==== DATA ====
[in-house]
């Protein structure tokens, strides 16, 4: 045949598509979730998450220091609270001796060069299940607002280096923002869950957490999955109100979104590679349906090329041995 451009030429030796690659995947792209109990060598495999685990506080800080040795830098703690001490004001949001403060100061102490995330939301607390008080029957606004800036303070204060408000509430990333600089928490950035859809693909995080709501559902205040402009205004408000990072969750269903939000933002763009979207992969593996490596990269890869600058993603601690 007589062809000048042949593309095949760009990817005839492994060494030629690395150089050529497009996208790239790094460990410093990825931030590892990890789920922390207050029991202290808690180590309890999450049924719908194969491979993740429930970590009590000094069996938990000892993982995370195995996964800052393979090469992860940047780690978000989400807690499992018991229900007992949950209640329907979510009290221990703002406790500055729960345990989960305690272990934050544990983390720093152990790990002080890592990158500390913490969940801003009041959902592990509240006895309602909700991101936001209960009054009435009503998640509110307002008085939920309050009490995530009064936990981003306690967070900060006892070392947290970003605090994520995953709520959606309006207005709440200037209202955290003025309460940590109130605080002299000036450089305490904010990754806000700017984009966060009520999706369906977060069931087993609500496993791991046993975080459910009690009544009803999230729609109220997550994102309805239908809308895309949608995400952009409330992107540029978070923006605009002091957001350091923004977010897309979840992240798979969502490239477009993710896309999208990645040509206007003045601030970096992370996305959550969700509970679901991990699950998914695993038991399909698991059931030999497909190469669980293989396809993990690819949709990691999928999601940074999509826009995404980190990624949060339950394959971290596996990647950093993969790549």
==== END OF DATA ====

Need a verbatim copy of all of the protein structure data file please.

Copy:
[in-house]
């Protein structure tokens, strides 16, 4: 045949598509979730998450220091609270001796060069299940607002280096923002869950957490999955109100979104590679349906090329041995 451009030429030796690659995947792209109990060598495999685990506080800080040795830098703690001490004001949001403060100061102490995330939301607390008080029957606004800036303070204060408000509430990333600089928490950035859809693909995080709501559902205040402009205004408000990072969750269903939000933002763009979207992969593996490596990269890869600058993603601690 007589062809000048042949593309095949760009990817005839492994060494030629690395150089050529497009996208790239790094460990410093990825931030590892990890789920922390207050029991202290808690180590309890999450049924719908194969491979993740429930970590009590000094069996938990000892993982995370195995996964800052393979090469992860940047780690978000989400807690499992018991229900007992949950209640329907979510009290221990703002406790500055729960345990989960305690272990934050544990983390720093152990790990002080890592990158500390913490969940801003009041959902592990509240006895309602909700991101936001209960009054009435009503998640509110307002008085939920309050009490995530009064936990981003306690967070900060006892070392947290970003605090994520995953709520959606309006207005709440200037209202955290003025309460940590109130605080002299000036450089305490904010990754806000700017984009966060009520999706369906977060069931087993609500496993791991046993975080459910009690009544009803999230729609109220997550994102309805239908809308895309949608995400952009409330992107540029978070923006605009002091957001350091923004977010897309979840992240798979969502490239477009993710896309999208990645040509206007003045601030970096992370996305959550969700509970679901991990699950998914695993038991399909698991059931030999497909190469669980293989396809993990690819949709990691999928999601940074999509826009995404980190990624949060339950394959971290596996990647950093993969790549």